Biography and History
Cerwin, Herbert. Bernal Díaz: Historian of the Conquest. Norman: University of Oklahoma Press, 1963, 239 p.
The major biography of Díaz in English.
Grauer, Ben. "How Bernal Díaz's 'True History' Was Reborn." In Bouillabaisse for Bibliophiles, edited by William Targ, pp. 229-48. Metuchen, NJ: Scarecrow Reprint Corporation, 1968.
Relates Grauer's ultimately successful efforts to rescue Díaz's Guatemala manuscript from decay.
Wagner, Henry. "Three Studies on the Same Subject: The Family of Bernal Díaz del Castillo" and "Notes on Writings By and About Bernal Díaz del Castillo." Hispanic American Historical Review 25, No. 1 (February 1945): 191-211.
The first essay carefully traces the history of the family Díaz raised in Guatemala; the second annotates lesser known documents by and about Díaz.
Arocena, Luis A. "Bernal Díaz del Castillo." In Latin American Writers, Vol. I, edited by Carlos A. Solé and Maria Isabel Abreu, pp. 17-21. New York: Charles Scribner's Sons, 1989.
Praises the True History for its documentation of the conquest and its portrait of a typical conquistador's social perspective.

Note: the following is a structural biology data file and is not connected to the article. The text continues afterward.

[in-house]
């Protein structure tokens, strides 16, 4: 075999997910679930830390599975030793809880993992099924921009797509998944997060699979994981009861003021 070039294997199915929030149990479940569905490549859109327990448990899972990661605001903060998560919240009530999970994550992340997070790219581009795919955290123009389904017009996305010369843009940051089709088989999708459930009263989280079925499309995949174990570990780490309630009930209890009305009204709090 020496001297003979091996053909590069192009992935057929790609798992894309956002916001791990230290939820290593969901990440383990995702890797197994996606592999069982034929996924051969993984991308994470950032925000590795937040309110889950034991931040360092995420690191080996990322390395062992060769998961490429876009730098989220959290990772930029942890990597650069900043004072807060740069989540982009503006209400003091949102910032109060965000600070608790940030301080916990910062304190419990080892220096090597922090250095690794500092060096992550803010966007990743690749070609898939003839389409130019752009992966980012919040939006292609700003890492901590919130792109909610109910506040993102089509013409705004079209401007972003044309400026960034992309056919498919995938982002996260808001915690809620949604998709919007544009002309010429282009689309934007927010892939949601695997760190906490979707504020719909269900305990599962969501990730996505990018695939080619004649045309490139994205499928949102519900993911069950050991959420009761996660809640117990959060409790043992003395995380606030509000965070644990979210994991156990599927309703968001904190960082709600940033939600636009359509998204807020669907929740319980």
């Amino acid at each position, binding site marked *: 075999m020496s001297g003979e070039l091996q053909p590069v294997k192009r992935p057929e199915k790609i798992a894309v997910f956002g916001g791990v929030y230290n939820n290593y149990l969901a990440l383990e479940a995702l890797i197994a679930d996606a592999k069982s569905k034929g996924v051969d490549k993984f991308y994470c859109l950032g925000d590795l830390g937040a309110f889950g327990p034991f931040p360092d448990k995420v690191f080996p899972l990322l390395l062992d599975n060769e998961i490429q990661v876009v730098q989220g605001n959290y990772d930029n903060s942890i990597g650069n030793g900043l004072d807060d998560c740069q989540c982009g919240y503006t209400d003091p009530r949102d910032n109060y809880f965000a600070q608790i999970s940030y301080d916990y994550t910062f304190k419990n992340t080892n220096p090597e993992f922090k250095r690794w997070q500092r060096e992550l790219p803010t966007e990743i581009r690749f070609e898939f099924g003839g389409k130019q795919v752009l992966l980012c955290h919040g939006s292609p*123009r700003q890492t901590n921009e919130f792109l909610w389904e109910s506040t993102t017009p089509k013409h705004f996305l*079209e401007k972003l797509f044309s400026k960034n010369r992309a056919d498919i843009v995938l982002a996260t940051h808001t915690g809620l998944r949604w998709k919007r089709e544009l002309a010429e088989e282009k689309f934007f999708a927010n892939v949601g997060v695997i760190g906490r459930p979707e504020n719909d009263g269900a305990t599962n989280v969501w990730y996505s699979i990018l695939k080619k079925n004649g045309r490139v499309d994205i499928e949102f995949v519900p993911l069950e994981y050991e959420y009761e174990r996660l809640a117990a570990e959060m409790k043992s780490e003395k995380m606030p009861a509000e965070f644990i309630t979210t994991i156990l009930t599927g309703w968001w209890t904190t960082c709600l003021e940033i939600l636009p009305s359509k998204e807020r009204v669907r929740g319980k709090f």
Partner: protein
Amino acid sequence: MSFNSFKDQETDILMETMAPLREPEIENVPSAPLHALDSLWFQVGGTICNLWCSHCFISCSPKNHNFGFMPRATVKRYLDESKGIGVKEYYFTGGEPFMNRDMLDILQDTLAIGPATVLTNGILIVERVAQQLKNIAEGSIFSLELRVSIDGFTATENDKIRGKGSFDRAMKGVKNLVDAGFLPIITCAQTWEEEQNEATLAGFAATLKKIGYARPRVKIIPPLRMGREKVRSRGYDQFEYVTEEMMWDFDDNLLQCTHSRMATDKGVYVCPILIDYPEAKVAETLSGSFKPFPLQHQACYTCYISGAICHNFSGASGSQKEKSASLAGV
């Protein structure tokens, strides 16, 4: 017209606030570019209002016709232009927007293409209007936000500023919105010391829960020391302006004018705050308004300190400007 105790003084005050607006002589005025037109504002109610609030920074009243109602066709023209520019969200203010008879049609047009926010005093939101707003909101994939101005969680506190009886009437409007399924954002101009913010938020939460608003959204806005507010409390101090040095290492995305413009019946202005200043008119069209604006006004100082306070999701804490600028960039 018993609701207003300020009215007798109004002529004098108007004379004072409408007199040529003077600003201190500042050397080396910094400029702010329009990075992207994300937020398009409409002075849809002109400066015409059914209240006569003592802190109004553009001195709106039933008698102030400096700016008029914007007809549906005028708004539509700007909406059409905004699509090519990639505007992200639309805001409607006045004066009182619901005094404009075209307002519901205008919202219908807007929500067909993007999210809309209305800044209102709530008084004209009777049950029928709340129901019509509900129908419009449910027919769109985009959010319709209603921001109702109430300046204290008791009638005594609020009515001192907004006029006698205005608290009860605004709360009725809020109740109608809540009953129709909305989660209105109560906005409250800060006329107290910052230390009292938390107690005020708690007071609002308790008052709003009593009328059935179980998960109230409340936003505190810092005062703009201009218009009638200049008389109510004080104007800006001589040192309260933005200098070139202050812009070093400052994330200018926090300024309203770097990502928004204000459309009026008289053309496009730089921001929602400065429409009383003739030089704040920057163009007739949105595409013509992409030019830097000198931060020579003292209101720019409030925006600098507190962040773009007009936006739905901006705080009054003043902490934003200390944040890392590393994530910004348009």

Boruchoff, David A. "Beyond Utopia and Paradise: Cortés, Bernal Díaz and the Rhetoric of Consecration." MLN 106, No. 2 (March 1991): 330-69.
Asserts that Díaz both drew on and undermined literary convention, thus creating an innovative text to describe an unknown world.
Brody, Robert. "Bernal's Strategies." Hispanic Review 55, No. 3 (Summer 1987): 323-36.
Argues with earlier suggestions that Díaz's history embodies an argument for growing political democracy; asserts, instead, that Díaz pled only for his own deserts.
Iglesia, Ramón. "Introduction to the Study of Bernal Díaz del Castillo and his True History." In his Columbus, Cortés, and Other Essays, pp. 64-77. Berkeley and Los Angeles: University of California Press, 1969.
Iglesia's most critical discussion of Díaz, in which he calls the historian "discontented and litigious" and "peevish and resentful."
Johnson, Julie Greer. "Bernal Díaz and the Women of the Conquest." Hispanofila 28, No. 82 (September 1984): 67-77.
Focuses analysis on Díaz's portrayal of women, concluding that he depicts doña Marina—the Indian woman who acted as an interpreter for Cortés—as a conventional literary heroine.